BILL EMERSON & SWEET DIXIE, “The Gospel Side of Bill Emerson & Sweet Dixie,” Rural Rhythm. 12 tracks

What can you say about a man like Bill Emerson that hasn’t been said?

Emerson, who will be 78 in January,  is one of the most influential banjo players this side of Earl Scruggs.

His 60-year career in bluegrass began with Uncle Bob & the Blue Ridge Partners in 1955.

Two years later, Emerson joined with the late Charlie Waller and others to create The Country Gentlemen, one of the top acts in bluegrass.

In 1959, he began moving around. First, the Stoneman Family. Then, Bill Harrell, Red Allen, Jimmy Martin and Cliff Waldron’s New Shades of Grass.

It was with Waldron in 1968 that Emerson’s banjo turned Manfred Mann‘s folk-rock song, “Fox on the Run,” into a bluegrass classic.

He returned to the Gentlemen in 1969 for four years and then began a 20-year career in the U.S. Navy, leading the Navy’s bluegrass band Country Current.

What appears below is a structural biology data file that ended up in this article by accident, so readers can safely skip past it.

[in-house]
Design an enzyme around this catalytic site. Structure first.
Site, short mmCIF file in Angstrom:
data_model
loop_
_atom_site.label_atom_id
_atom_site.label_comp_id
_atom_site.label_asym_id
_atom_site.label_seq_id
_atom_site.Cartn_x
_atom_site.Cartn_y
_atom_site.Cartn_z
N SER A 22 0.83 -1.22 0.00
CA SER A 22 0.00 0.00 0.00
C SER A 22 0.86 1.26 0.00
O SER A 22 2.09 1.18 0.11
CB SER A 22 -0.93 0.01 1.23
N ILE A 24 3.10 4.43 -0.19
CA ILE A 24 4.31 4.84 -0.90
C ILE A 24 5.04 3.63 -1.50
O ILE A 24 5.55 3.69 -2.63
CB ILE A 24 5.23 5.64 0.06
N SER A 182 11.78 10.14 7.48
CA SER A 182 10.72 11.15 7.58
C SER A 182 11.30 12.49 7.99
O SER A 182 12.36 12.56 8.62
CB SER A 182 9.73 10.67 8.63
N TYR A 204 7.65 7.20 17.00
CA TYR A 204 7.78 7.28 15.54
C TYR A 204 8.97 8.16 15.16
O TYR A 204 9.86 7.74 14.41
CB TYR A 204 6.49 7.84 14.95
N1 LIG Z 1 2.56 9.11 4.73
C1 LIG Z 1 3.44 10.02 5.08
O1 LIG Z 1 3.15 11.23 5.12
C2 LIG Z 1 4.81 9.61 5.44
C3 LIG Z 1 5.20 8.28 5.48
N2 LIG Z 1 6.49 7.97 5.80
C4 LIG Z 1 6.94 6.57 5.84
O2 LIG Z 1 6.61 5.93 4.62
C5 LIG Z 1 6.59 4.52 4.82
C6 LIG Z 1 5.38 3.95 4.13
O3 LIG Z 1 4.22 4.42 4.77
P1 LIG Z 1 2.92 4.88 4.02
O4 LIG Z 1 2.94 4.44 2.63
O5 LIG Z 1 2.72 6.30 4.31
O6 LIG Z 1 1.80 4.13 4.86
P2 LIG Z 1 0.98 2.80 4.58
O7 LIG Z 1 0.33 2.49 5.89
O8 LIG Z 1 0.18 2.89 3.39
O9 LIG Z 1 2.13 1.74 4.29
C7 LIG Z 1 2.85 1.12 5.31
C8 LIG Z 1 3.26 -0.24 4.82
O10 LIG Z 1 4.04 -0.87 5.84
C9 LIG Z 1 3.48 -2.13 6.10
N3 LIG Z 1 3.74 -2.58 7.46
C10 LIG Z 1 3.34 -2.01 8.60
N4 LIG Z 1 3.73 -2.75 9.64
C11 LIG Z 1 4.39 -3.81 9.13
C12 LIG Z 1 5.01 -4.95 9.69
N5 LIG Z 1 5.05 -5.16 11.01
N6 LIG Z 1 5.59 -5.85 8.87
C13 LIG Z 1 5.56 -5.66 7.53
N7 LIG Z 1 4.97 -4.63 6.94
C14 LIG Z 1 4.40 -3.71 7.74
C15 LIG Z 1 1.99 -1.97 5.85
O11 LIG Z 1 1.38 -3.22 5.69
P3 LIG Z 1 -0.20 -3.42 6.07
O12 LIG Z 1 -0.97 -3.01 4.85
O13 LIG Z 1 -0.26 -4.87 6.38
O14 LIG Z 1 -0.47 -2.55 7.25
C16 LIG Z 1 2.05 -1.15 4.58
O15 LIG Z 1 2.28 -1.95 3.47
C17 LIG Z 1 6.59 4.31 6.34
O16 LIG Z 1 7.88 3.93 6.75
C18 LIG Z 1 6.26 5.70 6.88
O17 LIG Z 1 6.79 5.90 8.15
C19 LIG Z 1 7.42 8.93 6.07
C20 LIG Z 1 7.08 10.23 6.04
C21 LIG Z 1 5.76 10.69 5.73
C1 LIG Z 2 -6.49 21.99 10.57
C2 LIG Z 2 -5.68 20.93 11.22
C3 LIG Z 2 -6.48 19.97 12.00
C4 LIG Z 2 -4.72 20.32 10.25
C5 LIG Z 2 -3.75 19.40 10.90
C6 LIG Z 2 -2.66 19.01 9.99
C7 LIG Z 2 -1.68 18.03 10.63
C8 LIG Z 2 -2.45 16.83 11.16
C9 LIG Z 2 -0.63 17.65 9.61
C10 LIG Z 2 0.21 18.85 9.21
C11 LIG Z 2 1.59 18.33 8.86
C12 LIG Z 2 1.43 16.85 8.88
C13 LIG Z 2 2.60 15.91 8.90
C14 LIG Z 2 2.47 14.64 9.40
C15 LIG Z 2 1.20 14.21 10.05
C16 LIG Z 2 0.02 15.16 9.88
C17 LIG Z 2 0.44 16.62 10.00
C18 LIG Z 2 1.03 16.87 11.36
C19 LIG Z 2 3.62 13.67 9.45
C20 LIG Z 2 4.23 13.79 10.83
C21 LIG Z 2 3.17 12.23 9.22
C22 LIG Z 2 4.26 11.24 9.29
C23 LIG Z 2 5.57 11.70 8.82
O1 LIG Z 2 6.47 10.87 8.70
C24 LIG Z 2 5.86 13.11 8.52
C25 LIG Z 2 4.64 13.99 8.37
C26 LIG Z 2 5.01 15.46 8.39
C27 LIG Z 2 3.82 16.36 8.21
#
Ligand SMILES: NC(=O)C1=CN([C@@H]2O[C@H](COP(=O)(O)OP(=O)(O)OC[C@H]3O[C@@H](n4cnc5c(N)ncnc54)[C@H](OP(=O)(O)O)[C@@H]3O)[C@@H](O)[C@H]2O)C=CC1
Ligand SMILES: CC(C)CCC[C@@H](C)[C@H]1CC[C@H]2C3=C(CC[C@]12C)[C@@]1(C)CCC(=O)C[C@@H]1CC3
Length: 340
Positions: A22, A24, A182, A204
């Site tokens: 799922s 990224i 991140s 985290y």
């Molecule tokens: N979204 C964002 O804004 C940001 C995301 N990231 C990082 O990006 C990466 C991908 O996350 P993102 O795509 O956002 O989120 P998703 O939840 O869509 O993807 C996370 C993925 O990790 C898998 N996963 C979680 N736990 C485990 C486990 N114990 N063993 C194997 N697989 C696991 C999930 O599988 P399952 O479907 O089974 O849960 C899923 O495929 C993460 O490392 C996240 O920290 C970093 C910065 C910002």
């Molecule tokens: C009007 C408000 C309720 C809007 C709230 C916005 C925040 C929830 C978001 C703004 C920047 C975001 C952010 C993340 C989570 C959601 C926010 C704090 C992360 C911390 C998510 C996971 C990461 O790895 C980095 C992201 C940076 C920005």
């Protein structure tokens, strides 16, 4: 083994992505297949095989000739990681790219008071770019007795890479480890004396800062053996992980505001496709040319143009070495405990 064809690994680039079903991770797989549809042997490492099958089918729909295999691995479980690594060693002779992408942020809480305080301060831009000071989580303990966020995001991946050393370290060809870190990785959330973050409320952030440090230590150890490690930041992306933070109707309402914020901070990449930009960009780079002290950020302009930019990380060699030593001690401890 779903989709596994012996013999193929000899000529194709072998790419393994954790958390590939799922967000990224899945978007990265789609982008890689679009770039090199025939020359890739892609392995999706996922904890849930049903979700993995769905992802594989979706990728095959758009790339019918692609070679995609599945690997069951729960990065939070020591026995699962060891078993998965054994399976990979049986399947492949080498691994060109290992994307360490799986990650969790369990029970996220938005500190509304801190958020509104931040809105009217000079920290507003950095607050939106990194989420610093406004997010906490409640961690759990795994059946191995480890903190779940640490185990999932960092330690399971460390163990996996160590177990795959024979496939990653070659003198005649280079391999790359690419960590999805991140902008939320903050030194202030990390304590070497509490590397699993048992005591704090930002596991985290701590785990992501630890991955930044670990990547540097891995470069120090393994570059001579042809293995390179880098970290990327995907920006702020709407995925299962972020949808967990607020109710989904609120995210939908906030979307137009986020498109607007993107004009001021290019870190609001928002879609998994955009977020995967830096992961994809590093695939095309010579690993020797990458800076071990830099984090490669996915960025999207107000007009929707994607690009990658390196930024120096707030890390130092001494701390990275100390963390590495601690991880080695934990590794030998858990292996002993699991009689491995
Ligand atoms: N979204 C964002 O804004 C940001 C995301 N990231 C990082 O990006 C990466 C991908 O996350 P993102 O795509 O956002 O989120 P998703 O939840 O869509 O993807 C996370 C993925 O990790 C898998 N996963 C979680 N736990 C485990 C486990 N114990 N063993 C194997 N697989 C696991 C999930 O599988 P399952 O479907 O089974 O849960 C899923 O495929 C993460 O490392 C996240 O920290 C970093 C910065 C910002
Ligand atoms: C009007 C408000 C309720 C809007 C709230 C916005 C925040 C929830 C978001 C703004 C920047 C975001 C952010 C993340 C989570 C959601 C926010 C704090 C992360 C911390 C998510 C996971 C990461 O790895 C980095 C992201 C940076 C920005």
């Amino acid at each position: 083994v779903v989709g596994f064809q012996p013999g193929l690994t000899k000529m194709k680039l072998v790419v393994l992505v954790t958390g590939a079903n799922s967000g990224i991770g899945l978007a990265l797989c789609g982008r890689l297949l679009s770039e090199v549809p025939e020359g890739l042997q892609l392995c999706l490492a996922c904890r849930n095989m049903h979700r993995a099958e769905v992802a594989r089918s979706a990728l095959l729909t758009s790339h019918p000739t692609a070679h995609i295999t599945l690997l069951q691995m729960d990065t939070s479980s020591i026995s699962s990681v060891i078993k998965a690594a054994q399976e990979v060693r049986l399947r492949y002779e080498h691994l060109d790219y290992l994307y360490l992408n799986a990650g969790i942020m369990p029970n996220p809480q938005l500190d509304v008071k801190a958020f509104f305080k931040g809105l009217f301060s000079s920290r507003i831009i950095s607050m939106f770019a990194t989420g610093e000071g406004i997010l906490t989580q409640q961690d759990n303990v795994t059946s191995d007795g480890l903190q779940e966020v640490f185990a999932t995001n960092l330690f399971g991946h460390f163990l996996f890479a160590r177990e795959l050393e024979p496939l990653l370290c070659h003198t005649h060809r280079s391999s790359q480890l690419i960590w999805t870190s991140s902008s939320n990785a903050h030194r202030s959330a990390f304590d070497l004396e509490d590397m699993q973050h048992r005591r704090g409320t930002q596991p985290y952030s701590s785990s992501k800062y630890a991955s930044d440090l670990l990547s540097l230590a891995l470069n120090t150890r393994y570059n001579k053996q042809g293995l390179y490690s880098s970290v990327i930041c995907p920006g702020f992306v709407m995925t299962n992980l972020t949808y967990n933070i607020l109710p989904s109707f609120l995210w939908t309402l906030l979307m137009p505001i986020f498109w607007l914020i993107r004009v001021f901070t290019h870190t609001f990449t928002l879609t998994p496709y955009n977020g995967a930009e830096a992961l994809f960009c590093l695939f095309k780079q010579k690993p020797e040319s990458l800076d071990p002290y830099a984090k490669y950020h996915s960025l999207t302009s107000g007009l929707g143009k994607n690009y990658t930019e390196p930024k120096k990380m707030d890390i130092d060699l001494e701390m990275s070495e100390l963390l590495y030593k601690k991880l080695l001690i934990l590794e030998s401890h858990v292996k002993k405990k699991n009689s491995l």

Since his retirement from the Navy, Emerson has led Sweet Dixie.

“The Gospel Side” is his fifth album for Rural Rhythm.

Nine of the tracks — songs like “He Knows My Name,” “Keep On The Sunny Side of Life” and “Little Stone Lambs” — were taken from previous albums.

Three — “What A Day,” “Fifty Miles of Elbow Room” and “Drifting Too Far From The Shore” — were recorded for this album.

Vocals are provided by Tom Adams, Teri Chism, Wayne Lanham, Chris Stifel, Wayne Taylor, Randy Waller, Linda Lay and Lauren Mears.

Another good album by a master musician.

Can’t find it in stores? Try www.RuralRhythmStore.com.

Keith Lawrence, 691-7301, klawrence@messenger-inquirer.com 

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